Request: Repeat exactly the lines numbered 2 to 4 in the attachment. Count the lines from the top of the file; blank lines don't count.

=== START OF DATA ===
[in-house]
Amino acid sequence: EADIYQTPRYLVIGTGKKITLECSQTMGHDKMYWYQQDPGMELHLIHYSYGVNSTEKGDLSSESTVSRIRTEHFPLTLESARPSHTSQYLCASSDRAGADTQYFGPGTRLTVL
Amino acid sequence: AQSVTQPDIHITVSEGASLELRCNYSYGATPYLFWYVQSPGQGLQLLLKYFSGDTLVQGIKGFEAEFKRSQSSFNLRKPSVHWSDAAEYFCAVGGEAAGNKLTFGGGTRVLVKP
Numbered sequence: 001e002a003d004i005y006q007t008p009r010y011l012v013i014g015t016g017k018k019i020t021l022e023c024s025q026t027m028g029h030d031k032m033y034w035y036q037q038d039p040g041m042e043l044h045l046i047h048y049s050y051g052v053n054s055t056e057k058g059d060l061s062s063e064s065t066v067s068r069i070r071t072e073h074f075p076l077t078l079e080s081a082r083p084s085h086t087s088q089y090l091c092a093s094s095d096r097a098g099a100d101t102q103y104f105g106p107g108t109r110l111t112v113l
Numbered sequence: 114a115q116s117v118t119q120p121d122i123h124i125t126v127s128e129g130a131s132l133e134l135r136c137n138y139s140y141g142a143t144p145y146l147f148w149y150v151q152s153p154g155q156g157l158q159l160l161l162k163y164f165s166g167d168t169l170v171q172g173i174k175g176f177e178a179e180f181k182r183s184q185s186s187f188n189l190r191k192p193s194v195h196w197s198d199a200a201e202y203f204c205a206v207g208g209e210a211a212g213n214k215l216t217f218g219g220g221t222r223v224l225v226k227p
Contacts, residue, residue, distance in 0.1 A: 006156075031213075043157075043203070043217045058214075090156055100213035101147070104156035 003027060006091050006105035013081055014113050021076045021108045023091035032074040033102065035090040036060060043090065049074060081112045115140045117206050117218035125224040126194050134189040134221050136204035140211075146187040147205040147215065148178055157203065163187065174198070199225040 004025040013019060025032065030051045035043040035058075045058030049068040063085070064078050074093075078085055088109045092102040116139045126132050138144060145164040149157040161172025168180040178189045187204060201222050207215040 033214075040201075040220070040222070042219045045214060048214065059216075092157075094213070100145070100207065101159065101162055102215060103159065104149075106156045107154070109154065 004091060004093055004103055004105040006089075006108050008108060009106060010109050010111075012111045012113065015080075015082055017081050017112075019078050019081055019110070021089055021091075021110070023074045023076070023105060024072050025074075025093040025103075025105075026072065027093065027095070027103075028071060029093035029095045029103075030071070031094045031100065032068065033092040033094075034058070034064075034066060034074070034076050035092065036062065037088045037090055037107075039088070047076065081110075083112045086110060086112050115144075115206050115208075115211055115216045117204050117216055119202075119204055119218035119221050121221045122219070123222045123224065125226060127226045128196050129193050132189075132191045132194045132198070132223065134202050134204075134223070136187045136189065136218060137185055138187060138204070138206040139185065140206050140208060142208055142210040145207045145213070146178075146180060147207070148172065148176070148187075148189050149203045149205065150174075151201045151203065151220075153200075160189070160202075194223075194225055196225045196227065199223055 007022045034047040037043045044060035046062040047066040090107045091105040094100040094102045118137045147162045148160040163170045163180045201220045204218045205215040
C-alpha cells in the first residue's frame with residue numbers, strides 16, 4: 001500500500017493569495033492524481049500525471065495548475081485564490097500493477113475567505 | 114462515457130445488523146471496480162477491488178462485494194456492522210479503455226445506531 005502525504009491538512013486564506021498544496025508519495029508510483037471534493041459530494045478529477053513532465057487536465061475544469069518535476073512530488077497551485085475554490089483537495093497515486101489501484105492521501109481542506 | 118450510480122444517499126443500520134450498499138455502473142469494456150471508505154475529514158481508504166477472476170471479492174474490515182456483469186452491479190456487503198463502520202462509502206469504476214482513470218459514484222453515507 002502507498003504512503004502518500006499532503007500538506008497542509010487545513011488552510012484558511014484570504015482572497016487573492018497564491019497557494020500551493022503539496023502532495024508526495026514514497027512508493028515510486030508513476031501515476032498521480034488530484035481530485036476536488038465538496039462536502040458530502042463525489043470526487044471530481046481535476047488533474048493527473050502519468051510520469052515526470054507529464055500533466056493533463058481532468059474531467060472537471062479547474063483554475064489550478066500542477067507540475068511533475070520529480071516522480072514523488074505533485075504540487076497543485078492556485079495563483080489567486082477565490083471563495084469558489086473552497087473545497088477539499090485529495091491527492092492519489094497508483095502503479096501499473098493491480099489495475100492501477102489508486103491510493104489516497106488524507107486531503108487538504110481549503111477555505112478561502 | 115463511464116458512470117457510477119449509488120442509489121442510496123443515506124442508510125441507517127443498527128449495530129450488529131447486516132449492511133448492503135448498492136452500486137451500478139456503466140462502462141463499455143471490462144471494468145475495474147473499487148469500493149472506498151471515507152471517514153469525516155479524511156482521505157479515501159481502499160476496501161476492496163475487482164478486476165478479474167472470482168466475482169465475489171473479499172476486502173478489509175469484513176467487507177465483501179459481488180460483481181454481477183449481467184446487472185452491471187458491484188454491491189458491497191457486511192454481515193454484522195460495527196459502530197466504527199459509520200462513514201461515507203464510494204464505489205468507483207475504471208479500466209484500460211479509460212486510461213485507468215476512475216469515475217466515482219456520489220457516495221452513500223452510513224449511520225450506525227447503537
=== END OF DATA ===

Amino acid sequence: EADIYQTPRYLVIGTGKKITLECSQTMGHDKMYWYQQDPGMELHLIHYSYGVNSTEKGDLSSESTVSRIRTEHFPLTLESARPSHTSQYLCASSDRAGADTQYFGPGTRLTVL
Amino acid sequence: AQSVTQPDIHITVSEGASLELRCNYSYGATPYLFWYVQSPGQGLQLLLKYFSGDTLVQGIKGFEAEFKRSQSSFNLRKPSVHWSDAAEYFCAVGGEAAGNKLTFGGGTRVLVKP
Numbered sequence: 001e002a003d004i005y006q007t008p009r010y011l012v013i014g015t016g017k018k019i020t021l022e023c024s025q026t027m028g029h030d031k032m033y034w035y036q037q038d039p040g041m042e043l044h045l046i047h048y049s050y051g052v053n054s055t056e057k058g059d060l061s062s063e064s065t066v067s068r069i070r071t072e073h074f075p076l077t078l079e080s081a082r083p084s085h086t087s088q089y090l091c092a093s094s095d096r097a098g099a100d101t102q103y104f105g106p107g108t109r110l111t112v113l